But the real question is about responsibility and moral decay.  Does romanticizing these creatures truly encourage morale decay?  For me, they teach openness and caring.  They teach that just because someone is different does not mean they are evil.  That is pretty good for me.

Do shapeshifter books affect the morality of our young people?  Or is it a matter of degrees?  Another interesting thought I’ve had recently is – how does it affect the conservation of the creatures we use in our stories?  For instance, the Tiger, or the Wolf, both on the endangered lists in most areas.  Almost every predator used by authors is on, or close to, the endangered lists.  Do our stories help or hinder the efforts to save these wonderful animals?  Are we perpetrating the fear of these creatures and damaging the efforts of those who work so hard to save them?

So tell me what you think.  I’m really curious to see what you, the reader, has to say!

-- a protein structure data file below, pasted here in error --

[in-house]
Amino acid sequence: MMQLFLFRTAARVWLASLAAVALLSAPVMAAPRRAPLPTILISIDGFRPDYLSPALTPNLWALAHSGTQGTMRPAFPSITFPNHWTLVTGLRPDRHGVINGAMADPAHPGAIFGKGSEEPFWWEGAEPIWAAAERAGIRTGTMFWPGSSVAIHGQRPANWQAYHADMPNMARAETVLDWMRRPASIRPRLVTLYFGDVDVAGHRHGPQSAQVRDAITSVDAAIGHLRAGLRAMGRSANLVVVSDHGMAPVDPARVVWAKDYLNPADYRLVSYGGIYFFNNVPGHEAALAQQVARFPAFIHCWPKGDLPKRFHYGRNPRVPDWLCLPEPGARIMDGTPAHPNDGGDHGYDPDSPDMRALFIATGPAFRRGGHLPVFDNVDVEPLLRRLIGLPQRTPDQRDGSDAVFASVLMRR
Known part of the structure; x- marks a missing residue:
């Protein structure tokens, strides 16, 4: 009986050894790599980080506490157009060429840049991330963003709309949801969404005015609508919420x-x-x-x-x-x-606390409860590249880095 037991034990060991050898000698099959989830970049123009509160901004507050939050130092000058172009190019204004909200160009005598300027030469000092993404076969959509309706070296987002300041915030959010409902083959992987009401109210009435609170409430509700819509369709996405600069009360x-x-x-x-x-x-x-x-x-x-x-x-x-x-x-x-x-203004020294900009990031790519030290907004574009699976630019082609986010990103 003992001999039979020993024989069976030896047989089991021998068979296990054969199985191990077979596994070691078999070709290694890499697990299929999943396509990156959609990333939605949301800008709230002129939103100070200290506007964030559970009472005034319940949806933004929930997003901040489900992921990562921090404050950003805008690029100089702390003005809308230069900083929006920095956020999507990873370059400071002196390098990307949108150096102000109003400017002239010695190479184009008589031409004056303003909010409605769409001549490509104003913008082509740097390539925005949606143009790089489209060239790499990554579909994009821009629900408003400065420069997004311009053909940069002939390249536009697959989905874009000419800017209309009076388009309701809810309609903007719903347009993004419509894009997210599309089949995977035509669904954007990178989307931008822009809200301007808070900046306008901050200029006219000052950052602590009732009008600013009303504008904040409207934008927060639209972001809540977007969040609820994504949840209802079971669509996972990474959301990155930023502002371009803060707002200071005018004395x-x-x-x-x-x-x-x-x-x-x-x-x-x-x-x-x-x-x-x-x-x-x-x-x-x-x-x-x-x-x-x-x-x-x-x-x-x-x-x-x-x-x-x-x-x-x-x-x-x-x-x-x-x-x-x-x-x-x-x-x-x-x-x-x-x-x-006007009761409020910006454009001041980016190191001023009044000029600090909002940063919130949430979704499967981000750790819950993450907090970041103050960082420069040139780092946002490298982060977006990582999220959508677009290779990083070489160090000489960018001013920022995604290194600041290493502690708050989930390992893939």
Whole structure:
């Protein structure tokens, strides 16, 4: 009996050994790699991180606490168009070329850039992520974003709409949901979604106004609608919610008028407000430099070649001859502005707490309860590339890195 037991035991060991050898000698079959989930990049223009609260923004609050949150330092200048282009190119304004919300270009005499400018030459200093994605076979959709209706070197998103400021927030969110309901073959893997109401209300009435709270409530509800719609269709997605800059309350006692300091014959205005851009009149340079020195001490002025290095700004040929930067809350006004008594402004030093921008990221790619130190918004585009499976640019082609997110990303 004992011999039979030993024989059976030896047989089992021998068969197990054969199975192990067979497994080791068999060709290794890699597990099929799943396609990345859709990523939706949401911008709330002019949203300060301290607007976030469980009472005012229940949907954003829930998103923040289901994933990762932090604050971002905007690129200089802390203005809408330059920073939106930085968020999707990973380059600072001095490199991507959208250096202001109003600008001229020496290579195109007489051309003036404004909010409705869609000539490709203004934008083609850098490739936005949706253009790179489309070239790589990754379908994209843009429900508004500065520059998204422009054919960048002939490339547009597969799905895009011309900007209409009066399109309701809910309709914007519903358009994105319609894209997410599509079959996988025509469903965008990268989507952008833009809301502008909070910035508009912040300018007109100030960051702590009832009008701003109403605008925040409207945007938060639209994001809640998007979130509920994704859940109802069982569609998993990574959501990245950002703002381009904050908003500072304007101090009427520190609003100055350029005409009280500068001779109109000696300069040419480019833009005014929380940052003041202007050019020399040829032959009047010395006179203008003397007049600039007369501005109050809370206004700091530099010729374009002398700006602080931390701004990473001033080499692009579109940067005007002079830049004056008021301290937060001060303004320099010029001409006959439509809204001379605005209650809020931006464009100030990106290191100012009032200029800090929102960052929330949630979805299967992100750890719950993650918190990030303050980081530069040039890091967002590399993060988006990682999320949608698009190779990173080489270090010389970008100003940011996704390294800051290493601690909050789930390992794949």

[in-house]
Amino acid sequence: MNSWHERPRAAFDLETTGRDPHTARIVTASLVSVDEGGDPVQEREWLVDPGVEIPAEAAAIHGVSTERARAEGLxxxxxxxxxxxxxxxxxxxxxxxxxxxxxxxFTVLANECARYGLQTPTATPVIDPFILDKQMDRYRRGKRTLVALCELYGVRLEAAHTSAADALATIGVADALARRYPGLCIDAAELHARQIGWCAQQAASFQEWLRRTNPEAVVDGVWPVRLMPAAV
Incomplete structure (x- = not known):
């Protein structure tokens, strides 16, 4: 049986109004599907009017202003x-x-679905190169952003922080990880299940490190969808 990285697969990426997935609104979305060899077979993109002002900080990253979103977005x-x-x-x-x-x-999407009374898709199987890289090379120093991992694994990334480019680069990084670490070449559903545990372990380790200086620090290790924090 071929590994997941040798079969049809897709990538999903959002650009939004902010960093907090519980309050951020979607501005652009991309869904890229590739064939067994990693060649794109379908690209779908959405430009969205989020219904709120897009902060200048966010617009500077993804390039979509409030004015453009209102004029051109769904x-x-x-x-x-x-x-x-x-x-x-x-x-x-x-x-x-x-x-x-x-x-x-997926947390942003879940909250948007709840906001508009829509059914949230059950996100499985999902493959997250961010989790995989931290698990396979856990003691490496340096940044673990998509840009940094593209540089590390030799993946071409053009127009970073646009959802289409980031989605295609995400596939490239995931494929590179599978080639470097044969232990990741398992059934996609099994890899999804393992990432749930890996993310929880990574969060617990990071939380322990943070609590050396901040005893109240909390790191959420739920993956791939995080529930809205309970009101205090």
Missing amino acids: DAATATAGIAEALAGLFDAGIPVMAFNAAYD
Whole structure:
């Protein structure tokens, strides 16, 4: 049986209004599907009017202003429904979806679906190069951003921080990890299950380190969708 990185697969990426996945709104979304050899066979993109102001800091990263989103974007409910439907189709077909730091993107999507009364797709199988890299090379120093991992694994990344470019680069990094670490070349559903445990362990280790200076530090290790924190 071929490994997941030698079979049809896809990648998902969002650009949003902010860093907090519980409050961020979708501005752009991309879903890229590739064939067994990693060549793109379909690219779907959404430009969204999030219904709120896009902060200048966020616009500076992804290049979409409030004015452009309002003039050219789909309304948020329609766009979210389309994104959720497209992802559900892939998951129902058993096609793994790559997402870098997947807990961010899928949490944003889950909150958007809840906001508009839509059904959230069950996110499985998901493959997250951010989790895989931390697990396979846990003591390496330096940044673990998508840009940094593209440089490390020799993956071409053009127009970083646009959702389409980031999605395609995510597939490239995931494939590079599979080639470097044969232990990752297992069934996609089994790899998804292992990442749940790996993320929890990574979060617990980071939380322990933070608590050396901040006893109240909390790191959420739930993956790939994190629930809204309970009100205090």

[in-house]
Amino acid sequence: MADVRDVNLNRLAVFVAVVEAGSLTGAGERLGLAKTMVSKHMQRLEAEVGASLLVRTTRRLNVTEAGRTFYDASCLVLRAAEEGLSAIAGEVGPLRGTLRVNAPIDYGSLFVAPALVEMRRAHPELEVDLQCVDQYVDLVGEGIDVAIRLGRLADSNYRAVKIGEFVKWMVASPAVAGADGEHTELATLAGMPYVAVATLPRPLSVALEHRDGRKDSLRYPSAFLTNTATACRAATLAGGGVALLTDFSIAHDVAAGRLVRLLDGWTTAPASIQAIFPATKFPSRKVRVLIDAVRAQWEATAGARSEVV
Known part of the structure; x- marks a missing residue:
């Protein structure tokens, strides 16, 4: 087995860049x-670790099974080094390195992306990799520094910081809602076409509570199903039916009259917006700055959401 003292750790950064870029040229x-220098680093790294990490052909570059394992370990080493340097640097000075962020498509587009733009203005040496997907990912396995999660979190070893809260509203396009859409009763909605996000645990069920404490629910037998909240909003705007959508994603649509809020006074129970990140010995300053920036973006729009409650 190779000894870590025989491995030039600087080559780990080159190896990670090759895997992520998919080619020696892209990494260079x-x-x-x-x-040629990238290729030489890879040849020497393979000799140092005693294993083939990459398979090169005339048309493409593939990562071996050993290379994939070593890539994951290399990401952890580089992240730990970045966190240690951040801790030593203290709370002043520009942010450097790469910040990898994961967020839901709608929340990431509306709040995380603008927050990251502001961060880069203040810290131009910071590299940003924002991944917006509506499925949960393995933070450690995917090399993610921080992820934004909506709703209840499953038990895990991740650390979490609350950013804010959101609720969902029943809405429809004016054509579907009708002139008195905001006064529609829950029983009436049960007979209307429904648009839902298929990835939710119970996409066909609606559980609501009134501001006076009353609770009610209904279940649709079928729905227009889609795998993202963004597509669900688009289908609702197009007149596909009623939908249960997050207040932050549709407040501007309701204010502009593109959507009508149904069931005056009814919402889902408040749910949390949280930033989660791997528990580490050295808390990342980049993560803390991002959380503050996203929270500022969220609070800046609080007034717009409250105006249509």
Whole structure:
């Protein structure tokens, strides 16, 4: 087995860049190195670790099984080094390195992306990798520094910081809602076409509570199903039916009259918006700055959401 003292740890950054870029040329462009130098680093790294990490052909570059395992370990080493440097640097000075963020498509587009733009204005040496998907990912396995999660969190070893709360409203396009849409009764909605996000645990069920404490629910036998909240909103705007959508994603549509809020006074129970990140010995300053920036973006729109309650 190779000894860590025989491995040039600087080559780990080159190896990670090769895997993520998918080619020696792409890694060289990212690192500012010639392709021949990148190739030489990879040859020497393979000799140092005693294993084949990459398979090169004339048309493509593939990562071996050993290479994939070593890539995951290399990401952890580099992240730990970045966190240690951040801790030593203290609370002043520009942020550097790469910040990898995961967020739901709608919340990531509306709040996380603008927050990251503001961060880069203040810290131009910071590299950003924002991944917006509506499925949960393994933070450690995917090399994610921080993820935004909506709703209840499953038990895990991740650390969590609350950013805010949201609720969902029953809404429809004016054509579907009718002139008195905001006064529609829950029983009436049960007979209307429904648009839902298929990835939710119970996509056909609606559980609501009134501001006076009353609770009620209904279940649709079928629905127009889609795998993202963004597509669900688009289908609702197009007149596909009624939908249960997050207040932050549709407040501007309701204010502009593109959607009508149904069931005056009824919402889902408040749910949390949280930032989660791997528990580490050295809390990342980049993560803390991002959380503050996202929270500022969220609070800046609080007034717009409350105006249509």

1. Jackie (Literary Escapism) said,

    I love that first werewolf shot….who did it?

    I have yet to read a shapeshifter story that makes me fear any animal in real life. I would also find it hard to believe that anyone else could become scared of something based on known fiction. Yeah, wolves and tigers are animals you have to be careful around if you come across them in the wild, but I don’t think my perception of them has changed. Now if they suddenly changed into a man in front of me, then I might feel differently. However the chances of that happening…

  2. Teresa D'Amario said,

    Hi Jackie,

    Not sure. I found it over on photobucket. 🙂

    Thanks for your comment. 🙂 So do you think we’re helping or hurting the conservation efforts for these creatures?

  3. Michele Hauf said,

    Well look at all the Disney-fied versions of the old Grimm’s classic and other faery tales. They’ve taken bloody good tales and made them shiny and happy. So you could question your friend if she enjoys her Disney cartoons while shunning the romantic vampires. 🙂
    I think we’ll always try to ‘soften’ the horror stories, and while we’re making vampires and werewolves more interesting and less bloody someone else is creating a new myth.